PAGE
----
The weekend before Valentine's Day began like any other weekend. I had a vibrant 12 year old named Savannah that was spending her Saturday watching cartoons, listening to music, and texting with her friends. Everything was fine until late that night my daughter came to me wrapped in a blanket complaining of a sore throat. "Mommy I don't feel well," she said. I took her temperature (no fever) and tucked her into bed for the night. The next day, on Sunday, Savannah spent most of the day in bed with the symptoms of a cold. Her nose was running, she had a cough, headache, and her chest hurt. Later that evening she developed a fever of 100.5. I gave her a dose of Tylenol and explained to her that I would take her to the doctor on Monday if the fever didn't subside by morning. Savannah didn't want to go to the doctor. "They'll just tell me it's a cold, they won't give me any medicine, and I'll just have to let it pass," she said. Most of the time it is only a cold but I remembered hearing about a child's death from the flu recently. I wanted to take my daughter to the doctor to be assured that it was nothing. My child had been vaccinated for the flu so everything should be fine, right? On Monday Savannah was sicker than the day before. She was exhausted with a constant headache and chest pains. She didn't have an appetite, had a fever, and had some difficulty standing for long periods of time. At the doctor's office Savannah was tested and diagnosed with the flu. I was assured that this would be a very mild case of the flu because she had been vaccinated. When the doctor listened to her chest she heard diminished breath sounds in her lungs so she ordered a chest x-ray which was clear. Savannah was sent home with a prescription for Tamiflu and instructions for using an inhaler every four hours. I took her home and put her in bed which is where she stayed for the rest of the day. She would wake up long enough to drink something and take her medicine. Later that night when I was offering Savannah something to drink I rubbed my daughter's back and she felt warmer than she had felt all day. I took her temperature and she had a fever of 101.5. This was concerning because I had been giving Savannah doses of Tylenol all day for her fever, headache, and chest pain. I called her pediatrician's office and spoke with an after hours on call nurse. She informed me that the fever was nothing to worry about because children often have higher fevers than we're used to as adults. She also told me to discontinue the Tylenol until the next day. I got up at 4 am to give Savannah her scheduled dose of inhaler. When I went into her room she was sleeping peacefully. She rolled over, used her inhaler, and went back to sleep. The next morning (Tuesday) my mother woke up at to find Savannah standing in her room facing the wall. Savannah asked her to help her to the kitchen but couldn't explain what she wanted in there or why she wanted to go. So my mother layed her down so that she could come and get me. When I entered the room the nightmare began. My daughter was gasping for air and her eyes were bulging out of her head. I got her inhaler and administered a dose. Savannah continued to gasp for air and it appeared to me that her mouth was slightly blue around her lips so I got her dressed and helped her to the car. She slumped in her seat and I had to buckle her seatbelt for her. On the way to the hospital Savannah continued to gasp for air and her breathing was very loud and raspy. I told her to try to cough and clear her throat to clear the mucous and she did. At the next stoplight I looked at Savannah and her eyes were open but her stomach wasn't moving anymore. I gently touched her forehead and said her name. There was no response. I gently shook her and continued to say her name with still no response. I burst into tears, turned my blinking lights on, and sped the remaining 2 miles to the emergency room. When I got there I jumped out and ran inside screaming and waving my hands. The trauma team came out immediately and accessed her vital signs. "No pulse. Unresponsive," announced one of them. The day before I thought my daughter would be out of school until Thursday or maybe Friday. I thought that she had the flu. Now she's unresponsive with no pulse? How could this happen? I watched in horror as the team gently loaded my daughter's lifeless body on to the bed and quickly rushed her to an examining room. They began CPR, stuck tubes down her throat to help her breath and to suction the mucous. There couldn't have been less than 10 people in the room trying to save my daughter's life with more in the hall waiting to help. I called my family and asked them to come to the hospital to support Savannah and I. At some point, they were able to get her pulse back but they were still struggling to clear the mucous from her lungs. A nurse tried to question me about my child's condition. There wasn't much to tell. My child has always been healthy. Seasonal allergies that's it. She was healthy on Friday, on Monday she was diagnosed with the flu, now on Tuesday my daughter has no pulse, is unresponsive and her lungs are filling with fluid. I watched in complete disbelief as my daughter lost her pulse again and they began CPR. As horrible as the situation was the severity of it never really set it. I just kept thinking, "She's 12 and she's strong. She may have a long recovery road ahead of her but she's going to be okay. This is just the flu. The doctor said that it would be a mild case. Other kids die from the flu. That won't be my child." There were several staff and clergymen in the hall supporting me. They prayed for me and offered beverages, optimism, and hope. I don't think that I could have made it through that experience without them. They talked with me and mercifully distracted me from the horrors happening in the examining room. They wanted to know what kind of child Savannah was such as what she liked, hobbies, school, sports, and music. Then they relayed the information to the doctors and nurses who would occasionally encourage and talk to Savannah. Within a few minutes it was clear who we were all fighting to save. Savannah a 12 year old honor roll student at Jefferson Middle School. She's a second chair violinist and one of the smartest and funniest children you will ever meet. For the next hour and a half my daughter's heart continues to fail and her lungs continue to fill with fluid. When I step into the room from time to time to hold her hand or whisper in her ear what I see is devastating. My daughter is naked,her eyes are wide open, and there are tubes and wires coming from everywhere. She's cold to the touch because they've lowered her body temperature. It was so hard not to begin screaming and crying and fall to the floor in a blubbering mess. The things that I saw in that room, my daughter's lifeless eyes and body, the extreme measures that they were taking to save her life, the fluid suctioned out of her lungs, the violent CPR no mother should ever have to see. I had to stand there and helplessly watch my only child go through that while praying that she would be ok. At some point they decided to transfer her to another hospital that specializes in pediatrics. So they began the process of stabilizing her for transport. I don't exactly understand what they meant by stable. My daughter's heart was continuing to fail, she couldn't breathe on her own, and she was still literally drowning in her own fluids. The doctors continued to work and an hour later they prepared her for transport. I chose not to ride in the ambulance. I didn't want to get in the way of the ems or make them feel as if they couldn't do their jobs effectively in front of an emotional mother. The original hospital sent staff members with us to the next hospital. By this time my mother and I were both sick with the flu as well and exhausted. So the hospital sent staff to drive us to the next hospital, transport us in wheelchairs, find the area that Savannah had been taken to, and continue to provide support. It took us a little while to find her. The doctor came into the consultation room to provide an update and current assessment of the situation. I looked into is solemn face and searched for any signs of hope as I felt my stomach twist into knots. I didn't find any. He said that Savannah's heart had stopped again just as she made it to the hospital. They had performed CPR and had gotten her heart started again but it was time to question how much longer this should go on. Approximately 5 hours had passed since the time that I first arrived at the emergency department. During that time Savannah had a steady sustained pulse for only about 45 minutes, her heart had continued to fail (at least 8 times), and her pupils had become unresponsive. Her lungs were now filing with fluid at an alarming rate. The canister that at one time took an hour to fill is now filling in a matter of minutes. He wanted my advice as to how to proceed. I told him that as long as she's fighting you keep fighting. Then I was lead back to my daughter's room. I was devastated before and what I felt in that moment was some how 2 or 3 times worse. In that moment I knew that my child was going to die. All hope drained from my body. I was so hopeful that once they transferred Savannah to the pediatric hospital she would start to get better. I thought that the pediatricians and pediatric equipment would be the edge that my daughter needed. But I was wrong. Savannah looked worse. She had bloated to 3 times her normal size and the doctor explained that they were applying pressure to her chest in attempt to rid her lungs of the fluid. Consequently the fluid was traveling to other organs and parts of her body. As we stood there, Savannah's heart stopped again and I watched as they began another violent round of CPR. Fortunately her heartbeat came back relatively quickly. I turned to the doctor and told him that the next time her heart fails to start CPR. After about 10 minutes my family and I would come in to be there for the end. He agreed and I gathered my family so that we could say our goodbyes while her heart was still beating. I stepped forward and looked at my only child laying on the table. Devastating, gut wrenching, incomprehensible all come to mind. I gently placed my hand on her forehead and stared into her eyes. I cried. Her eyes were dead and lifeless. There wasn't any light in them and my little girl wasn't in there anymore. Nevertheless I had to hold it together long enough to speak to my baby for the last time. I leaned over and whispered into my daughter's ear. I told her everything that I have ever wanted to tell her. How much I love her, how proud of her I am, how much I'll miss her, that I will never forget her, how she made me and everyone around her better people. Savannah managed to keep her heart beating just long enough for my family and I to see her alive one last time and to say our goodbyes. Then her heart failed for the last time. They began CPR again and I stood there watching my only child. I couldn't do it anymore. She had fought a losing battle all day and she was tired. It was time for me to let go. It was the hardest decision of my life to tell the doctor to stop CPR. The words choked me coming out. I thanked the doctors and nurses for everything that they did for Savannah. They apologized for not being able to do more. I sat down beside my little girl and cried as I held her hand.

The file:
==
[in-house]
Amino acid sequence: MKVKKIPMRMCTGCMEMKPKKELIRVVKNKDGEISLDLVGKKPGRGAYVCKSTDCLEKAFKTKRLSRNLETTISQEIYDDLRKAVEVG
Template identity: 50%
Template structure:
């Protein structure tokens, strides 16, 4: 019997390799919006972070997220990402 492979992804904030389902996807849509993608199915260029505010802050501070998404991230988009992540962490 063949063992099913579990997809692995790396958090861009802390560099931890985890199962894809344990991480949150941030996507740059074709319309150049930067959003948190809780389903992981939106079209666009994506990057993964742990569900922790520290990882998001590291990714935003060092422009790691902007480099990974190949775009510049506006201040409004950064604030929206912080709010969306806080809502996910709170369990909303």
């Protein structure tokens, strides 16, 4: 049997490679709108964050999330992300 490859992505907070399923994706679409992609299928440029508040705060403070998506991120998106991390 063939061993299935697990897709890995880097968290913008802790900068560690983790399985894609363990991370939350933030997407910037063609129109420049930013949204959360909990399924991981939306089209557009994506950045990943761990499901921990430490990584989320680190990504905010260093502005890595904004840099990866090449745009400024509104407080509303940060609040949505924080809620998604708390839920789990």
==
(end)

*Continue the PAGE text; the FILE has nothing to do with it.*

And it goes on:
I have created this go fund me page because I didn't have life insurance for my daughter and I need to pay for her funeral expenses as well as a headstone. I know that anything can happen but my daughter has always been healthy and I never dreamed that one day I would have to watch my twelve year old be lowered into the ground. Losing my only child has been devastating and the debt from her funeral would be catastrophic. Any donation that you make is appreciated. Please remember my family and I in your thoughts and prayers.
- Chad Collins
- Megan Bryant
- Debra Hardiman